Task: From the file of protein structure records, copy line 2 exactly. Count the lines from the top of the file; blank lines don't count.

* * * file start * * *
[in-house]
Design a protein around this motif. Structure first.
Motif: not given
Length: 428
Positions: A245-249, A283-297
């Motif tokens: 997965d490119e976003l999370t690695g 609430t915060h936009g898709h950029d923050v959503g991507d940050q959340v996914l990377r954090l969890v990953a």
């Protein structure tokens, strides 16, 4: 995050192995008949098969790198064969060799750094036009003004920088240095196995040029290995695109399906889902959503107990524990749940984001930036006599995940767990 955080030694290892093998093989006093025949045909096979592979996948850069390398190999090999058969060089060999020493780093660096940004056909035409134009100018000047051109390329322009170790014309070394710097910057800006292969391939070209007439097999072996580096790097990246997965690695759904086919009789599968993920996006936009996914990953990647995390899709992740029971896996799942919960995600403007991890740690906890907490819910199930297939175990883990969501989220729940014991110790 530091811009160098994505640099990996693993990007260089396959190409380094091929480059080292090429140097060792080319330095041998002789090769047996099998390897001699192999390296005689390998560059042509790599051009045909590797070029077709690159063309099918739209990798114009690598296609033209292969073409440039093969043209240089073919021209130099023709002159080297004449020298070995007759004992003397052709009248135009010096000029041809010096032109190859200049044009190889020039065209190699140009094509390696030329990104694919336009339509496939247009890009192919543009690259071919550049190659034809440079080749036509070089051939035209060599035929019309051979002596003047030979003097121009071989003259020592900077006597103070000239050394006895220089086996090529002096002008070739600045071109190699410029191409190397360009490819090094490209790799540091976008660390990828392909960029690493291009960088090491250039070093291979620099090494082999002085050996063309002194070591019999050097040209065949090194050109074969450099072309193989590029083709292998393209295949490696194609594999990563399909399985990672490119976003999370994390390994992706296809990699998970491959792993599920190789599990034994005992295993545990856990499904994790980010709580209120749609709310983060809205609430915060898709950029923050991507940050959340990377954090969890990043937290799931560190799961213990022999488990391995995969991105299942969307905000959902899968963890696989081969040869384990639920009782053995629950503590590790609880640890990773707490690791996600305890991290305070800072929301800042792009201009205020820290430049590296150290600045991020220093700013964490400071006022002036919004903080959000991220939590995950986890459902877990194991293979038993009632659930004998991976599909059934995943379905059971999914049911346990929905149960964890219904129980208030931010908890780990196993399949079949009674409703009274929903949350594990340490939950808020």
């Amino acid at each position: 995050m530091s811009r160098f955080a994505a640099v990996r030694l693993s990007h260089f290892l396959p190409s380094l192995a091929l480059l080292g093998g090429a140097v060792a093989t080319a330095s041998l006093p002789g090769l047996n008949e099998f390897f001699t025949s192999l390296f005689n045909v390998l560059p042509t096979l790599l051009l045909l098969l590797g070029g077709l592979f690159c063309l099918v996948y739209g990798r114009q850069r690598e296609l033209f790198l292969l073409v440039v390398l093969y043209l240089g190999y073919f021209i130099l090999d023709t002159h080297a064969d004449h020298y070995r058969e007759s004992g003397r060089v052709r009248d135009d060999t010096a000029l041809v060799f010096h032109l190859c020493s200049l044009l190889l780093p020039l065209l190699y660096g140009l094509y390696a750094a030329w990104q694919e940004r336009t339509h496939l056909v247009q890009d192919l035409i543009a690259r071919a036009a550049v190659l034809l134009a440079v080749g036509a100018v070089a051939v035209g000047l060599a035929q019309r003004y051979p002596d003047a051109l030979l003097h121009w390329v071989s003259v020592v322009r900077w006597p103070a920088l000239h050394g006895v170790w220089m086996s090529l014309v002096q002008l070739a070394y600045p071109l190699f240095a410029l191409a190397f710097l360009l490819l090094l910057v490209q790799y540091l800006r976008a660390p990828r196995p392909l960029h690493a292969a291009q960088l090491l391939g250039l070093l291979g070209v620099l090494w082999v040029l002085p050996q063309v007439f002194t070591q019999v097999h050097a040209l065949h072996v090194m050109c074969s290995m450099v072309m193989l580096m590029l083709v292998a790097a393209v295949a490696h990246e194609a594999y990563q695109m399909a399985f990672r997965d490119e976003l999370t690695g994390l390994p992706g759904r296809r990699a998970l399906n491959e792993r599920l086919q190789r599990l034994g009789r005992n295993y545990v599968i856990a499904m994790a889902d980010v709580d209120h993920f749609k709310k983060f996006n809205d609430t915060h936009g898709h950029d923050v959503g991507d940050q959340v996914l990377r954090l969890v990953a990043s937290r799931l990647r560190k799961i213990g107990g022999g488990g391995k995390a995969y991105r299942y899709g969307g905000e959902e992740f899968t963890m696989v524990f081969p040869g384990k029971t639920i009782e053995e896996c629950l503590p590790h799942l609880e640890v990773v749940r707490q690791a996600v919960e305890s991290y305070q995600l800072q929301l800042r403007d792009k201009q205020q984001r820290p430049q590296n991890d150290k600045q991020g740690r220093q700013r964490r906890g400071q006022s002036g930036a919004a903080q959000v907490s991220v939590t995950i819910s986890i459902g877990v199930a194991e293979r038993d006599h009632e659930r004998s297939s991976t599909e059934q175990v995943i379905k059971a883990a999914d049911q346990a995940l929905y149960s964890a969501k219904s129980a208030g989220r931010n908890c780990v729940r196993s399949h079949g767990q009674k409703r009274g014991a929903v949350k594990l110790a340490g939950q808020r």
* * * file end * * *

Design a protein around this motif. Structure first.